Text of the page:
Peru's Health Min: Borders will remain closed to avoid increase in COVID-19 contagion
Photo: ANDINA/Ministry of Health of Peru
LIMA, Jan 8, 2021: Health Minister Pilar Mazzetti on Friday reported that Peruvian borders will be kept closed to prevent a further increase in COVID-19 contagion. Thus, bilateral agreements were adopted with the health authorities of neighboring countries. "By mutual agreement, the borders will be kept closed. We have reached bilateral agreements. Even before the new COVID-19 variant appeared in Chile, we were in talks with the health authorities of that neighboring country to reopen the border," Dr. Mazzetti expressed.
"However, as soon as the new variant emerged, we all said that it was not possible, and so the border remained closed," she added. The high-ranking official commented that before making this decision there was an entire organization working on the border area, both on the Peruvian region of Tacna and on the Chilean region of Arica to reopen the border. "Yet, once the release came out about the appearance of the COVID-19 variant in Chile, it was immediately decided to keep the southern border closed," she recalled.
Difficulties in border control
Regarding the illegal entry of people through certain points of the land borders, the Health minister said it is impossible to guard so many kilometers of such borders with five neighboring countries. "A tremendous effort is made, for example, on the northern border. One part can be monitored very well, but there is another one that cannot necessarily be monitored with such capacity by both countries (Peru and Ecuador)," she acknowledged.
The Cabinet member also argued that there is always a human component to epidemics and pandemics, so social behavior is the main problem. "Any measure is useless if, clandestinely by taking advantage of the geographical difficulties, people leave their countries without taking the proper precautions. That is something that no country can control," she emphasized. Remarks were made in a press conference to announce that the first case of the COVID-19 variant initially found in the United Kingdom has been registered in Peru.
Peru’s Interim President Merino Resigns After Massive Protests
LIMA, Dec 17, 2020: Peru’s interim president, Manuel Merino, has resigned less than a week into his new administration, after a night of protests calling for his removal and a subsequent police crackdown left at least two dead and dozens wounded. “I want to let the whole country know that I’m resigning,” Merino said in a televised address on Sunday. He added the move was “irrevocable” and called for “peace and unity”. At least two people were dead and 27 people wounded in clashes between police and protesters as thousands of Peruvians took to the streets to demonstrate against the dismissal of President Martin Vizcarra, police and rights groups said.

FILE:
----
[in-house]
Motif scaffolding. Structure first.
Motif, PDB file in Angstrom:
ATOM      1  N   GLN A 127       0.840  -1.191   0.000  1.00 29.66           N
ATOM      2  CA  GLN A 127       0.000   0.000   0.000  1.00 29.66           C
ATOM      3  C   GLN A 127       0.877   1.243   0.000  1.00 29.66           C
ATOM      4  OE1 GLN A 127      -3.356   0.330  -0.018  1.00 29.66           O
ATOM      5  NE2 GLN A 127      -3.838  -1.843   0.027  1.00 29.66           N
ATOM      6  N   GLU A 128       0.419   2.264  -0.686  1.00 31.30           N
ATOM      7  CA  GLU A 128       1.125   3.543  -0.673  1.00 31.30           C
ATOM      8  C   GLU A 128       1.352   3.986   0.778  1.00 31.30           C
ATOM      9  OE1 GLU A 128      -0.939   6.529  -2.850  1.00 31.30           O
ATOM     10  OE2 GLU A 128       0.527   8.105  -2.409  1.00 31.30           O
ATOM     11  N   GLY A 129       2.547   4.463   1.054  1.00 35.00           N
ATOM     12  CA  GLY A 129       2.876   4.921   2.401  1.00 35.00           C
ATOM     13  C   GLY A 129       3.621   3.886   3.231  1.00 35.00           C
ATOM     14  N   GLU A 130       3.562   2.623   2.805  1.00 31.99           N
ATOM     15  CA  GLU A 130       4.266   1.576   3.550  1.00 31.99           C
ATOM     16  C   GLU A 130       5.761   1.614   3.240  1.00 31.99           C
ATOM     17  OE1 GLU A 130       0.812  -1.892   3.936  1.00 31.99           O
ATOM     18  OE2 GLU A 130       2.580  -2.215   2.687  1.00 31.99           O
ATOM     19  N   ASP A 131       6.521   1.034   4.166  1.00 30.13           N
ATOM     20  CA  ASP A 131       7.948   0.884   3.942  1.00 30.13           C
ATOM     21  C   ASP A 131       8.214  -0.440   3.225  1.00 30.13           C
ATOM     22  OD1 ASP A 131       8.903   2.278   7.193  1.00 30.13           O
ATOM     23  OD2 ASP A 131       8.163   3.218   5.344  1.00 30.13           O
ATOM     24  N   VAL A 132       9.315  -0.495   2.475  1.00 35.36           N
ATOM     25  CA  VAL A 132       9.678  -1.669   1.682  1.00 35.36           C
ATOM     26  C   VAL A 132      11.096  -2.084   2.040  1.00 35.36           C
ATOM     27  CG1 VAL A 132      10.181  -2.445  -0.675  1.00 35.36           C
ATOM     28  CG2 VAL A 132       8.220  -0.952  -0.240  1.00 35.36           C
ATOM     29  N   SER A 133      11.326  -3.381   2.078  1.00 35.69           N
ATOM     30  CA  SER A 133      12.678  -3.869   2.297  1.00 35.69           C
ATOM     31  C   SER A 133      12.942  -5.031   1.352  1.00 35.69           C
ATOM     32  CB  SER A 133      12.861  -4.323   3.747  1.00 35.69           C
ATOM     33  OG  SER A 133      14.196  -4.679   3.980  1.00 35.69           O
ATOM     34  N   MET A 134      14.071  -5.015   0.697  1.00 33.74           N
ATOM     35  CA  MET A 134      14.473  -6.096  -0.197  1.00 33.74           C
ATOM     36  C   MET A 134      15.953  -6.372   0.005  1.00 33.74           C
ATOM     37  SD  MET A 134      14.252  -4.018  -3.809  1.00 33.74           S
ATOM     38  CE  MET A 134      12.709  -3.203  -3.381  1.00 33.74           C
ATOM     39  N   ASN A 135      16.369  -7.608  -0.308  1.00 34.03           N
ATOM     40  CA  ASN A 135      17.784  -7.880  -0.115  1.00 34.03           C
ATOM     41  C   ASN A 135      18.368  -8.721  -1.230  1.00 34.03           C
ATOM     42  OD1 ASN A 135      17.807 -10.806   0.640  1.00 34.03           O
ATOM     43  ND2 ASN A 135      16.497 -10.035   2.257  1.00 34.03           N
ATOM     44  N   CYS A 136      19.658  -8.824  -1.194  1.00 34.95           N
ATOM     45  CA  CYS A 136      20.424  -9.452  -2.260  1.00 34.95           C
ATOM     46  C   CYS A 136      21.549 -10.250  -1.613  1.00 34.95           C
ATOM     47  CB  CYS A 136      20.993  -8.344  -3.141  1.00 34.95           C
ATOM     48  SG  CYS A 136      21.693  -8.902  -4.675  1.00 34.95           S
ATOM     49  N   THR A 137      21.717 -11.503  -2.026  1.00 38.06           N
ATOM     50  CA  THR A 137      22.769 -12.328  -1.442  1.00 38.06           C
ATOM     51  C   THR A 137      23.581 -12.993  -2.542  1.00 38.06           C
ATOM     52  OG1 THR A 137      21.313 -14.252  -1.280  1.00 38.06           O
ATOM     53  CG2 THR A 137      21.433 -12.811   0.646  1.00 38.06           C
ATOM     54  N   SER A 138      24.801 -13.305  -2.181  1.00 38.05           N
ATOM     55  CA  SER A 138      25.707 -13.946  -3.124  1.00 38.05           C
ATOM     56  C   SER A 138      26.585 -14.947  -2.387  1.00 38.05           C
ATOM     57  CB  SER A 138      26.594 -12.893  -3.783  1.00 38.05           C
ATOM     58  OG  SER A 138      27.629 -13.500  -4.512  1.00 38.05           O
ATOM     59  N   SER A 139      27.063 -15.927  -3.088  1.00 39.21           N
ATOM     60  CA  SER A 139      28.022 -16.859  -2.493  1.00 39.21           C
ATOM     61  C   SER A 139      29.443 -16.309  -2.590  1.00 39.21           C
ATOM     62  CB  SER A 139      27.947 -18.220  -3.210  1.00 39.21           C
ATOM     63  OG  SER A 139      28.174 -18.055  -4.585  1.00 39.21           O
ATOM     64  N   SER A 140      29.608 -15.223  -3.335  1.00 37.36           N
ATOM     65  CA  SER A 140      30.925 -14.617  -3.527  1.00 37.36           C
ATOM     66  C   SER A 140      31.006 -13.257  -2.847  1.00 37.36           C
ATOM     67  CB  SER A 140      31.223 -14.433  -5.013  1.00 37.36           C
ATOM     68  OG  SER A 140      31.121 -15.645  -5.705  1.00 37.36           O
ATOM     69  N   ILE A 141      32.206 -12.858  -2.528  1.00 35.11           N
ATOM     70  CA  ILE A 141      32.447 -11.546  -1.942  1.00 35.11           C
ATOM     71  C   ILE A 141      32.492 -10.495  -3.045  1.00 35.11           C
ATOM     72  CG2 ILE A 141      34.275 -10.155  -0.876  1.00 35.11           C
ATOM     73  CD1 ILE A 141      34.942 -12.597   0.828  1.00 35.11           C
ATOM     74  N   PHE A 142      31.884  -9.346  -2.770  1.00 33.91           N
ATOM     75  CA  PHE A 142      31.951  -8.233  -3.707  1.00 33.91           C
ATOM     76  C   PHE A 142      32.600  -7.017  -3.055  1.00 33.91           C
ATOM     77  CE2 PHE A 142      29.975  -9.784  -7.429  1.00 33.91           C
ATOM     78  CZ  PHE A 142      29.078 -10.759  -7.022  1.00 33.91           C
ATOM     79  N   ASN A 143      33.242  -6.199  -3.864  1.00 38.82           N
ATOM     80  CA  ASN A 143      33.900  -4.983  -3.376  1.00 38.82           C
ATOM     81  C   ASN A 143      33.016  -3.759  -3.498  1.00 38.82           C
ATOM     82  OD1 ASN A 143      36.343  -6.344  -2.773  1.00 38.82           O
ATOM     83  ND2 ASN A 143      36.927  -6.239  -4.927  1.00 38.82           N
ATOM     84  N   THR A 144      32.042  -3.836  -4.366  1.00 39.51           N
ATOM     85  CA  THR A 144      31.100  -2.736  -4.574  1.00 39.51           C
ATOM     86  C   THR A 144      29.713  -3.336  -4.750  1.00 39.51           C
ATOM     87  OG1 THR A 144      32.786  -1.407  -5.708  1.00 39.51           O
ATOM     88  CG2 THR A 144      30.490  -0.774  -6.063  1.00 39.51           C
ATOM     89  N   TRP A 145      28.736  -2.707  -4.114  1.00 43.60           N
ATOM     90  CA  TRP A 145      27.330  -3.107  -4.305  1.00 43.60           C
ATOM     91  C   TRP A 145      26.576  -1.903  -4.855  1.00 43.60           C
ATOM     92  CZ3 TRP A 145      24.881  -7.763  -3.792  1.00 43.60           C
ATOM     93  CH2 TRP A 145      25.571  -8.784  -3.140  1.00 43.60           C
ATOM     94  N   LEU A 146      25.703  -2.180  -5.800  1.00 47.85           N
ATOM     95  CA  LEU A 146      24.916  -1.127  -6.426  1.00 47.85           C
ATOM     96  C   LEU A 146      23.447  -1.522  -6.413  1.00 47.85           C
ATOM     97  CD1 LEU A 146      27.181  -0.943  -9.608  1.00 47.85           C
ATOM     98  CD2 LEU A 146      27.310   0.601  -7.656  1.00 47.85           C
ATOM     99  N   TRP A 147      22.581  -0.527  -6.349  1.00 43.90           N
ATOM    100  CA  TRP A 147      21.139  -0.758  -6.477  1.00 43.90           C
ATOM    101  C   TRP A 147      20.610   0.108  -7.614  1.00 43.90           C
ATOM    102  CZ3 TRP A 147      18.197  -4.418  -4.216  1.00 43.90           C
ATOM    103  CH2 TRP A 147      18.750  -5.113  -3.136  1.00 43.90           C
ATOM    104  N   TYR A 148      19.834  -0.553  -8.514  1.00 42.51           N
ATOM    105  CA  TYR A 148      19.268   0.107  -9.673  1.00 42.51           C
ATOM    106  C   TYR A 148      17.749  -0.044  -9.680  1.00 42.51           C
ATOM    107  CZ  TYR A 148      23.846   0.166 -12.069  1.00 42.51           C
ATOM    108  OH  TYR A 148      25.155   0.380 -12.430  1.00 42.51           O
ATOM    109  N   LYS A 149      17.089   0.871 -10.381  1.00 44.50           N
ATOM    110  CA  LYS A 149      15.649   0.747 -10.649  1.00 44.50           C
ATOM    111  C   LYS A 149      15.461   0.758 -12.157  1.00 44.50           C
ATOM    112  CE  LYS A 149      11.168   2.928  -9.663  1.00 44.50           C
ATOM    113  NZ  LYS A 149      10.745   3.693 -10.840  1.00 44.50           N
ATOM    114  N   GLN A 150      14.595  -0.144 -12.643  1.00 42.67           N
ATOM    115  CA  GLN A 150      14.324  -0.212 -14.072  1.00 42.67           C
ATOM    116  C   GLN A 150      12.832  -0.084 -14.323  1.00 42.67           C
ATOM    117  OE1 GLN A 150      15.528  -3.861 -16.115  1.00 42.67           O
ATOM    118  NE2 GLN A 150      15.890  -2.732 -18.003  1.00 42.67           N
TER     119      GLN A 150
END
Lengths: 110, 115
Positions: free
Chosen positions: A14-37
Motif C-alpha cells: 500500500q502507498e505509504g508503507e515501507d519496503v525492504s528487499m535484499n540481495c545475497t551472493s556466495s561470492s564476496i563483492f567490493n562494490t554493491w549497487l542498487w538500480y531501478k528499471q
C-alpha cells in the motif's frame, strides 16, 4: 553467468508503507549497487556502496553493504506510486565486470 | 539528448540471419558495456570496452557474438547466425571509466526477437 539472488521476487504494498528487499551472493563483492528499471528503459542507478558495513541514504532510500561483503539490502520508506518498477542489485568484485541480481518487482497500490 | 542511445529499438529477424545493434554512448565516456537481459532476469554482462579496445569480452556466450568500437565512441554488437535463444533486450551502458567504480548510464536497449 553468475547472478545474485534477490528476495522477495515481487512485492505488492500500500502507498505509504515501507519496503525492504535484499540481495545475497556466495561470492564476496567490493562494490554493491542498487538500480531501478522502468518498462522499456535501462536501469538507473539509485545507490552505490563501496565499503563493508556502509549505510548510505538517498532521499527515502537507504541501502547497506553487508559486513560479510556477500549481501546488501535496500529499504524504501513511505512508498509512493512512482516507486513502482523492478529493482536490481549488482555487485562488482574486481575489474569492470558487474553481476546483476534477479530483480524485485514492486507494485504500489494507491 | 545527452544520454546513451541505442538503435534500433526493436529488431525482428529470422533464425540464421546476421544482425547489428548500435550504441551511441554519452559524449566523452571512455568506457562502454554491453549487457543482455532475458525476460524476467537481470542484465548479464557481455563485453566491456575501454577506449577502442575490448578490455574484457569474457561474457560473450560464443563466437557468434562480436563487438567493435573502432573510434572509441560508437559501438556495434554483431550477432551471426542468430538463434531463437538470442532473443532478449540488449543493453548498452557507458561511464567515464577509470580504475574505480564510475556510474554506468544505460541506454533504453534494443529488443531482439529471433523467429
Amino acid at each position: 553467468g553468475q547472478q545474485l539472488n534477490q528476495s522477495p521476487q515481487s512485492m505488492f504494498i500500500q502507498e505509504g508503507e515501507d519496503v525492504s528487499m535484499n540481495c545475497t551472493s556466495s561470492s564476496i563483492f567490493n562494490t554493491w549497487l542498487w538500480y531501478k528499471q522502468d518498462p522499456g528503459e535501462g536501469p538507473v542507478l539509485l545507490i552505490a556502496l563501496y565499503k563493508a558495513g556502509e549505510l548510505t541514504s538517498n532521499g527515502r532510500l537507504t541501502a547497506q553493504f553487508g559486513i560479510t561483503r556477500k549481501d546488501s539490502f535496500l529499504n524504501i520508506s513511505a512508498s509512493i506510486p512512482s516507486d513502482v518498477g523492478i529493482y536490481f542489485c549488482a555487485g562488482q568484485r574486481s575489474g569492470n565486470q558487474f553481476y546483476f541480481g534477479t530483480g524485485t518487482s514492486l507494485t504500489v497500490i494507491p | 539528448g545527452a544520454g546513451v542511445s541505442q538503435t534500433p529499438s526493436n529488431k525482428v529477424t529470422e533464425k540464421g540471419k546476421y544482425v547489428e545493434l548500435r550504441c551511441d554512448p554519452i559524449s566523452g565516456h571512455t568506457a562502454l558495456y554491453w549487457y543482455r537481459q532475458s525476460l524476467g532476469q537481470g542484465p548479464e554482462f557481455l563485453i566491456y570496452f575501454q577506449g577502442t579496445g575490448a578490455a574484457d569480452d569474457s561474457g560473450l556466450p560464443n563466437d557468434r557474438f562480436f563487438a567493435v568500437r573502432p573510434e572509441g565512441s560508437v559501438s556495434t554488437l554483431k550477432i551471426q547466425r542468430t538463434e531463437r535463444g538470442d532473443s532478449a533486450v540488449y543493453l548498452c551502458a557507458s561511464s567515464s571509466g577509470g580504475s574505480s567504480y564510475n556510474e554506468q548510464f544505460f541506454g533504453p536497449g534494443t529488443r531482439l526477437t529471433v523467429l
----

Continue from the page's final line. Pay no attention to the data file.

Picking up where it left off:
The unrest during the past four nights, and other more peaceful protests in the capital Lima and other cities, are piling pressure on a fragmented Congress and the new government of President Manuel Merino. On Thursday night, police used tear gas and rubber bullets against protesters, some of whom threw rocks at police and destroyed store windows and cash machines. Vizcarra, a politically unaffiliated centrist who is popular with voters, was ousted on Monday in an impeachment trial over allegations he received bribes – accusations he denies.
Merino, a member of the center-right Popular Action party who had been the head of Congress, swore in his new cabinet on Thursday and called for calm. Peru’s National Human Rights Co-ordinator said 11 people wounded on Thursday, including some journalists. A Lima hospital said at least two people had been injured by rubber bullets. Police put the number at 27, including injured officers.
Some carried banners comparing Merino to the coronavirus pandemic and saying he did not represent them. “They treat us poorly. We’ve only come to protest against injustice,” Vega said. “We are all feeling pain. So, I’m saying to everyone let’s not give up.” Interior Minister Gaston Rodriguez denied reports the police had used lethal weapons and said they had only fired tear gas and rubber bullets when a protest had got out of hand